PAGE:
Despite reported cuts in reimbursements, the average physician enjoyed a moderate-to-significant boost in income this year. But that came at a price. Namely, docs are spending way more time on paperwork, thinking more about ACOs and stressing about the future of reimbursement.
According to Medscape’s 2013 Physician Compensation Report, the actual number of patients that physicians are see per day doesn’t appear to be going up. Nor do doctors seem to be spending less time with patients; more than half report spending 13-20 minutes with each patient. But, more of that time likely includes typing data into a computer: In 2012, more than half of physicians said they spent less than five hours per week on paperwork, which includes working with electronic medical records. This year, more than half said they spend 5-14 hours per week.
The online survey conducted in February reached 21,878 U.S. physicians across 25 specialties and demonstrates some other ways that healthcare reform has impacted physicians’ jobs and attitudes. For example, the influx of hospital M&A seems to be making it harder for independent physicians to compete: In last year’s report, solo physicians earned an average of $220,000 – more than employed physicians. This year, however, their average salary dropped to $216,000, whereas employed physicians’ average salaries rose.
Specialists in orthopedics, cardiology and radiology were the top three earners again this year, all with average salaries well above $300,000. But they also saw more patients — 27 percent of orthopedic specialists said they saw patients for more than 50 hours a week, compared to 18 percent across all respondents.
Some other interesting points from the report:
- Career satisfaction rates were steady compared to last year, when a little more than half of doctors said they would choose the same career if they could do it over. But that’s coming off of a huge drop from the 2011 survey, in which two-thirds said they would.
- The percentage of physicians who feel they are fairly compensated has slowly dropped over the past two years, from 53 percent in 2011 to 48 percent this year.
- Orthopedic surgeons saw the biggest spike in pay, experiencing an average 27 percent increase, potentially due to more elective procedures in aging adults as the economy continues to recover.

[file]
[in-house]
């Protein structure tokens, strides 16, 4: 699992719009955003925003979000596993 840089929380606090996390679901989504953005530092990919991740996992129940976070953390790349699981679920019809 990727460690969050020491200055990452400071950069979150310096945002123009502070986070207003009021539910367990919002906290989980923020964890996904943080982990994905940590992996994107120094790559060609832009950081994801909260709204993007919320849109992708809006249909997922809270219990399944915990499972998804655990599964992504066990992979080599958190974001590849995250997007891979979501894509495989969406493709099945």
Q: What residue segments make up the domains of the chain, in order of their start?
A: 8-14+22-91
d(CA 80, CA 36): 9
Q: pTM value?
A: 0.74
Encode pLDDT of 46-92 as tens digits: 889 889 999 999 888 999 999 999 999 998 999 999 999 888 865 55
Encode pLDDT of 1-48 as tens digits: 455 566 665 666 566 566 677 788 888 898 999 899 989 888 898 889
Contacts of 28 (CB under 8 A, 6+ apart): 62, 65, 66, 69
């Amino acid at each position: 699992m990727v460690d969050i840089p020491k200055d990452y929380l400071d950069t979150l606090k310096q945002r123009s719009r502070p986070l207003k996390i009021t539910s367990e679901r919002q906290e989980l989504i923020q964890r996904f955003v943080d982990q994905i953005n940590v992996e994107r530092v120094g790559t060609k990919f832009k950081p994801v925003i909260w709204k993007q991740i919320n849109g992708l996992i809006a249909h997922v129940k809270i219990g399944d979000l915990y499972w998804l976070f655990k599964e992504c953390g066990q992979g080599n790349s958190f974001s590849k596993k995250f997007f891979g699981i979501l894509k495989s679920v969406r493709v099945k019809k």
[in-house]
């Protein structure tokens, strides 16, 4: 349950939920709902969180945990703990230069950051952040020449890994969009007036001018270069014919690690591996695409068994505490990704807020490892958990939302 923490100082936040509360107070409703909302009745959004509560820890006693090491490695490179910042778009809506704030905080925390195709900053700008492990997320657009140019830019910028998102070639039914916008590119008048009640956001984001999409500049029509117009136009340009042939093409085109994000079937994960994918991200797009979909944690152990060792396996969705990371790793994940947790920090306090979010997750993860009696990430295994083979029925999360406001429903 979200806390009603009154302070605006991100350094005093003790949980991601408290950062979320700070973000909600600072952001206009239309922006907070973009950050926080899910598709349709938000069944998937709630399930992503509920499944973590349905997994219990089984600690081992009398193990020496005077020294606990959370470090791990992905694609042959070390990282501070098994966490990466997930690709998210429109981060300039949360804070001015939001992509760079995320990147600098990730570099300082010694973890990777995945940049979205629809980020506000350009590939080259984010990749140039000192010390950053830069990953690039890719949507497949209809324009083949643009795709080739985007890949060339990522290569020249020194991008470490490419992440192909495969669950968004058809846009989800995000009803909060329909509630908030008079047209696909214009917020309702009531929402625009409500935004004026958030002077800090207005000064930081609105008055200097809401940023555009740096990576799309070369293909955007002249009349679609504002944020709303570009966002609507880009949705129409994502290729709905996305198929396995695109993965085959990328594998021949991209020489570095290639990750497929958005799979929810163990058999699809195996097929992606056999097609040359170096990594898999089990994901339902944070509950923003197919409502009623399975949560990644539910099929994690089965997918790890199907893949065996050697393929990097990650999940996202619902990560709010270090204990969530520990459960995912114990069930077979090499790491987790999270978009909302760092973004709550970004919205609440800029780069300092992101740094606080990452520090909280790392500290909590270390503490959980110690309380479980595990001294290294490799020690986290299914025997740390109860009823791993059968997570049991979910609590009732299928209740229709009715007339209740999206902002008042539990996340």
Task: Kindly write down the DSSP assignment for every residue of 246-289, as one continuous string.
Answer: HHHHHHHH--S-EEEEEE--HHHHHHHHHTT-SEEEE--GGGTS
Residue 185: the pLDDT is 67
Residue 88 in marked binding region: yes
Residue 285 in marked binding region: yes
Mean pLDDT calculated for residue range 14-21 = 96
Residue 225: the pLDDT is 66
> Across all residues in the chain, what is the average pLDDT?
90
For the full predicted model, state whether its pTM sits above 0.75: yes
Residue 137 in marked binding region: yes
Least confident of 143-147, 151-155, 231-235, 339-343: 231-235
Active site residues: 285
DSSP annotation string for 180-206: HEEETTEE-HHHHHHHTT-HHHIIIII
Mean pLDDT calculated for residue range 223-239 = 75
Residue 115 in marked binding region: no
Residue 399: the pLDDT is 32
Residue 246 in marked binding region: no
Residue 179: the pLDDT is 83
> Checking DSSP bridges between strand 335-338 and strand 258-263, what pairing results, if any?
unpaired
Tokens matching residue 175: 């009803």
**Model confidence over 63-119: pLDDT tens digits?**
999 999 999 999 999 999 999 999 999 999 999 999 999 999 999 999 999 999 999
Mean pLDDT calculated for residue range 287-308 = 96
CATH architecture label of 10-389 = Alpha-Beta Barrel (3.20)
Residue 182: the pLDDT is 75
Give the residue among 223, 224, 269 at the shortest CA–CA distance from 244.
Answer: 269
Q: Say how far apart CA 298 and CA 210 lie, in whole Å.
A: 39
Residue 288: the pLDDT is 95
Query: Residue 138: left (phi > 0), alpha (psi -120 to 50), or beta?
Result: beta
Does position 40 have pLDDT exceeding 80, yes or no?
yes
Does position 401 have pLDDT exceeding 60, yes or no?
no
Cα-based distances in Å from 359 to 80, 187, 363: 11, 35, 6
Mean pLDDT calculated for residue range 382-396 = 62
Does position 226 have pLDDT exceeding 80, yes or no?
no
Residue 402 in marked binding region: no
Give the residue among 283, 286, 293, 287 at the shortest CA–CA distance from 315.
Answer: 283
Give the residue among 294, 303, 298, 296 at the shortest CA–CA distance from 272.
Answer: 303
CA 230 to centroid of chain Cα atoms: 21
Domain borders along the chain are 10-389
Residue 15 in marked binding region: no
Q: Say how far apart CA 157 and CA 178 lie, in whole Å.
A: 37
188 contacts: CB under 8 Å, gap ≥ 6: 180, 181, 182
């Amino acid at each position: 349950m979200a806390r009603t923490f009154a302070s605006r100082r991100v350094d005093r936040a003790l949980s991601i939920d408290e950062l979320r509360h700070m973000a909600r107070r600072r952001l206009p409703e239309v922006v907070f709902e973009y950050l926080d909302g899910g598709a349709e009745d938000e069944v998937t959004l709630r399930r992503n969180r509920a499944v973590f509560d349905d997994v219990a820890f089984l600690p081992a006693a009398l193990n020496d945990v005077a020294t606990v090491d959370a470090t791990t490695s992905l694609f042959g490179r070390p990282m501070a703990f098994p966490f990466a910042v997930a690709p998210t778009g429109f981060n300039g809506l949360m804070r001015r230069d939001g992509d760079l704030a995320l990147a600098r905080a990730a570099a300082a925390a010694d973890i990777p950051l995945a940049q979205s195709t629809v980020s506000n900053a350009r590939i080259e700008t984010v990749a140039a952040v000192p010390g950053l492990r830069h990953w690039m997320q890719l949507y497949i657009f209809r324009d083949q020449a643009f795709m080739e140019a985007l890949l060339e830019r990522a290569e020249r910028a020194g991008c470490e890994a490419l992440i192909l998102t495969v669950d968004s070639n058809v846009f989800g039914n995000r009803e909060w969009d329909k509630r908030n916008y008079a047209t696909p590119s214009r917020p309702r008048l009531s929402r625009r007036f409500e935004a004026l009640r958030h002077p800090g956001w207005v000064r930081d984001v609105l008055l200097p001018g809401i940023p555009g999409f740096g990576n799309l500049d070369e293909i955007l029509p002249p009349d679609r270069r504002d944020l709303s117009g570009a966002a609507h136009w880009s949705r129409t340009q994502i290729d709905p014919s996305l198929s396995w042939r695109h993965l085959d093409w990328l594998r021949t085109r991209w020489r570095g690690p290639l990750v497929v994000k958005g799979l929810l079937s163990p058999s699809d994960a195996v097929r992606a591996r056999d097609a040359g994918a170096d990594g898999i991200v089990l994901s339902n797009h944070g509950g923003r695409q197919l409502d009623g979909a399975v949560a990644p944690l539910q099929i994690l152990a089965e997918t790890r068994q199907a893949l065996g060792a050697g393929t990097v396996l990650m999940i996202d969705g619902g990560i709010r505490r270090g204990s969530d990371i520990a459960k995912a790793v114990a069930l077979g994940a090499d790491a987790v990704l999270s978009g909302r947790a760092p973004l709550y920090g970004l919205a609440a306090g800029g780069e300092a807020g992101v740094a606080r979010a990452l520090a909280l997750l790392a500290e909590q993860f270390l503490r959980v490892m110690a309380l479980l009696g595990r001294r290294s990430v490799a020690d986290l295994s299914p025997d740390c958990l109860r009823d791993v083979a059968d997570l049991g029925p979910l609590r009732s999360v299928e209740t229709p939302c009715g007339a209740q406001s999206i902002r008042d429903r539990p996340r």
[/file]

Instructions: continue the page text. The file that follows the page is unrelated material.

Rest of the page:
- Oncologists and endocrinologists were the only specialists whose average salaries dropped.
- Last year, less than 10 percent of physicians were involved in an ACO or planned to be within a year. This year, nearly one in four said they were either in an ACO or plan to be in one within the coming year.
- Medicare reimbursement is a huge questions mark. Nearly 30 percent of physicians said they haven’t yet decided whether they will continue to accept Medicare patients. Nine percent said they plan to stop taking new Medicare patients, but will continue caring for current ones. Two percent said they won’t even treat current Medicare patients.
- On that same note, nearly one in four physician plans to drop lowest-paying insurers
- To create more opportunities for income, nearly 1 in 5 respondents has begun offering ancillary services
- About two-thirds of physicians said they regularly or occasionally discuss the cost of treatment with patients, compared with 84 percent last year. But that’s not necessarily bad. As physicians become employed, those costs may be discussed by other staff members.
[Medical bag photo from BigStock Photos; graph from Medscape]
Do you know if these figures factor in the malpractice insurance that doctor's pay? I hear different things about how much doctor's pay in insurance. I read some doctor's pay couple of thousand and other's pay 20-30 thousand. I'm sure it varies depending on their specialty as well.
@curious, these kinds of salary surveys usually exclude expenses such as malpractice/overhead and focus just on the net profits prior to taxes. some employers cover malpractice insurance as a part of the contract thus separating it from the salary.
@curiousThat's a good question. I'm guessing they don't. Here's Medscape's description: "For employed physicians, compensation includes salary, bonus, and profit-sharing contributions. For partners, compensation includes earnings after tax-deductible business expenses but before income tax. Compensation excludes non-patient-related activities (eg, expert witness fees, speaking engagements, and product sales)."